In conversation with SixtyEight Art Institute’s director Christopher Sand-Iversen, Ximena Moreno will discuss her recent curatorial projects as Coordinator of Visual Arts at Matucana 100 in Santiago de Chile. In particular, the conversation will focus on her latest exhibition project ‘Proyecto Eclipse’ (2019), made in collaboration with independent curator Lydia Korndörfer, which took the total solar eclipse on 2 July 2019 as a point of departure for investigating ‘darkness’ as a topic that connects art, philosophy and science. Charting a historical trajectory of the intersection of astronomical observations and artistic imagination, the project reflects on the future of humanity, the prospects of an apocalyptic future and the “obscurity of the contemporary” as expressed by Giorgio Agamben.

Ximena Moreno is a researcher based in Santiago, Chile. She received her MA in Global Arts from Goldsmiths University of London. Her work focuses on managing visual arts projects and research for publishing and curatorial purposes. While in London, she collaborated with and wrote for Artishock and La Panera Magazine. She participated in “Towards Tomorrow’s Museum” at Tate Modern, London and in “Politics of Near Futures: Possibilities, Prophecies, Prognoses”, a summer school at Heidelberg University. Currently she is co-founder of Revista Porvenir, a digital visual culture magazine, and a professor. Moreno has previously worked at The Museum of Contemporary Art (MAC), part of Universidad de Chile, and since 2017 she has been the Coordinator of Visual Arts at Matucana 100, a Cultural Center located in Santiago.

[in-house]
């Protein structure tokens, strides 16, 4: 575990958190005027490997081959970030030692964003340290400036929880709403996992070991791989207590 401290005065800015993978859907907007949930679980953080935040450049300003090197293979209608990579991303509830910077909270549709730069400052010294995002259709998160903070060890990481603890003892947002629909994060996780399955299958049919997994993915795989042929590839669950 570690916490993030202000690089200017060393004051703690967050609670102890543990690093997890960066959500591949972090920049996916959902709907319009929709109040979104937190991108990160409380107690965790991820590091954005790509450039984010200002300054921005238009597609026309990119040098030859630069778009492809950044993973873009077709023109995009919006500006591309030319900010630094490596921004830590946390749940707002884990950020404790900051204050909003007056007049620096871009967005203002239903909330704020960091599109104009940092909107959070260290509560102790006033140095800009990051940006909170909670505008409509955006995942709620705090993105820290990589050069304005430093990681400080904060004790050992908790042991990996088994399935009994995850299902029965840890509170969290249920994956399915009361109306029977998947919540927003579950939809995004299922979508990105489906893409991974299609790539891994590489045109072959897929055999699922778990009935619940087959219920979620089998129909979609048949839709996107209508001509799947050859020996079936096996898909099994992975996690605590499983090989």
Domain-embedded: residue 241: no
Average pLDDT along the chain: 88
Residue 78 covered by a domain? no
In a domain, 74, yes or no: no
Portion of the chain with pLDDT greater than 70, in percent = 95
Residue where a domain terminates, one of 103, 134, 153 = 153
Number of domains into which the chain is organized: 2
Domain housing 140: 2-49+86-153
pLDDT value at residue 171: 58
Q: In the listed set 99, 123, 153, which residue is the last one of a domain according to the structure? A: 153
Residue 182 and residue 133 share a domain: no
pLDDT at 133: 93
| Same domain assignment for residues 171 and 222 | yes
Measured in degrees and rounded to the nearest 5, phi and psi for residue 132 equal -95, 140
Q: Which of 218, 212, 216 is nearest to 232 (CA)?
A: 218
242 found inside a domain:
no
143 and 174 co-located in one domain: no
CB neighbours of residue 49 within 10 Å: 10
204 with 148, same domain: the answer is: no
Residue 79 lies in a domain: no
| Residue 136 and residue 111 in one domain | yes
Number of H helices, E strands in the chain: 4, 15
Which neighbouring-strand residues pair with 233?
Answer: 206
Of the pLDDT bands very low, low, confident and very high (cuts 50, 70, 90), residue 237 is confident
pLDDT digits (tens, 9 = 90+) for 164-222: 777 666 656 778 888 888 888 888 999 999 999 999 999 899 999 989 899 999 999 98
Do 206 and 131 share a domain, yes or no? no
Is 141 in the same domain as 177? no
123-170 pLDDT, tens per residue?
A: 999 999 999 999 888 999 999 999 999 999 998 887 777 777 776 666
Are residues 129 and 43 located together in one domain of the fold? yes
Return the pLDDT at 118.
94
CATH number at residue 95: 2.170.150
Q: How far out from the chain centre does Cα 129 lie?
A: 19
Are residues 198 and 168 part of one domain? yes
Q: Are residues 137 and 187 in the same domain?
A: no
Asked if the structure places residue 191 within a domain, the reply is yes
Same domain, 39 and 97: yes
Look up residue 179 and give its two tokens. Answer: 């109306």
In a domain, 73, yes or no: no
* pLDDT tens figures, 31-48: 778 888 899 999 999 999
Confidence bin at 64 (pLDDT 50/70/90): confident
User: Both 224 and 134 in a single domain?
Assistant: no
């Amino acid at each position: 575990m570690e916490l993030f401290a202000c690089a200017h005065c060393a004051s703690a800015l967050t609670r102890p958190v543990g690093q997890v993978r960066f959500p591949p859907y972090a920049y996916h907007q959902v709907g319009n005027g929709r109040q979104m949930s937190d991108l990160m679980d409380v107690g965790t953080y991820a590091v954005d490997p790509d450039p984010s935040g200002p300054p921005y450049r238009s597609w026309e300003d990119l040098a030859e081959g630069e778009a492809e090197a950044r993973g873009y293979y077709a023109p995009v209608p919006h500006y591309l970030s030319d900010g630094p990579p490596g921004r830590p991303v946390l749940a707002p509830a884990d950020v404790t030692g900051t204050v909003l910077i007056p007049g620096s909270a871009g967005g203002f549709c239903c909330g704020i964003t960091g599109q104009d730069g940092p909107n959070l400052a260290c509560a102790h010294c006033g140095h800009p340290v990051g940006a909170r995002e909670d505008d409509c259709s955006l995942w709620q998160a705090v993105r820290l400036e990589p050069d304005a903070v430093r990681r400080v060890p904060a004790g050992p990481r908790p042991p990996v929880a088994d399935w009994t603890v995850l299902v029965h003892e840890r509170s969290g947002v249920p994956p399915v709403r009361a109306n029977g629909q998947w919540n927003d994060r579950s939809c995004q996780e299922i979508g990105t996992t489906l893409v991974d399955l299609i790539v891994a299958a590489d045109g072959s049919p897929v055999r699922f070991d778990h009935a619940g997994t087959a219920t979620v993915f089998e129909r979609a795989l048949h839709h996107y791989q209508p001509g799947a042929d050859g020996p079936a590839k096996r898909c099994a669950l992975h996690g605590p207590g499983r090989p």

– Break 18.00-18.30 –

18.30-20.00: Curator Nina Möntmann – The Curatorial and Its Mediation. Moderator: Line Ellegaard, Curator at Large, SixtyEight Art Institute